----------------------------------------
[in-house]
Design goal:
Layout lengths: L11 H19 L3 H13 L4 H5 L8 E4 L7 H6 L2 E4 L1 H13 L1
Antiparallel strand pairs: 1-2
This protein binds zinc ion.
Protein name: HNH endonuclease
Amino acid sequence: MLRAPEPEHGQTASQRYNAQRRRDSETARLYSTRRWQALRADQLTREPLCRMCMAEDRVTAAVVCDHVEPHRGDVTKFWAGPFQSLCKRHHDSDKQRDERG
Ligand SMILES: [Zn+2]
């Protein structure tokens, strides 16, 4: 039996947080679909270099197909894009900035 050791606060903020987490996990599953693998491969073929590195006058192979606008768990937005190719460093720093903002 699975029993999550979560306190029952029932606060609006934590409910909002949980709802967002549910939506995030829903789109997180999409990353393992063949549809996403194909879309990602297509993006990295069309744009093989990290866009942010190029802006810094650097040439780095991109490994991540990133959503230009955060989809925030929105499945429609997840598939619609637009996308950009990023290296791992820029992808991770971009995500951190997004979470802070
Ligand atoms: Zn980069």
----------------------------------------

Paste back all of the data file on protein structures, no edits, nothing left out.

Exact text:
[in-house]
Design goal:
Layout lengths: L11 H19 L3 H13 L4 H5 L8 E4 L7 H6 L2 E4 L1 H13 L1
Antiparallel strand pairs: 1-2
This protein binds zinc ion.
Protein name: HNH endonuclease
Amino acid sequence: MLRAPEPEHGQTASQRYNAQRRRDSETARLYSTRRWQALRADQLTREPLCRMCMAEDRVTAAVVCDHVEPHRGDVTKFWAGPFQSLCKRHHDSDKQRDERG
Ligand SMILES: [Zn+2]
């Protein structure tokens, strides 16, 4: 039996947080679909270099197909894009900035 050791606060903020987490996990599953693998491969073929590195006058192979606008768990937005190719460093720093903002 699975029993999550979560306190029952029932606060609006934590409910909002949980709802967002549910939506995030829903789109997180999409990353393992063949549809996403194909879309990602297509993006990295069309744009093989990290866009942010190029802006810094650097040439780095991109490994991540990133959503230009955060989809925030929105499945429609997840598939619609637009996308950009990023290296791992820029992808991770971009995500951190997004979470802070
Ligand atoms: Zn980069």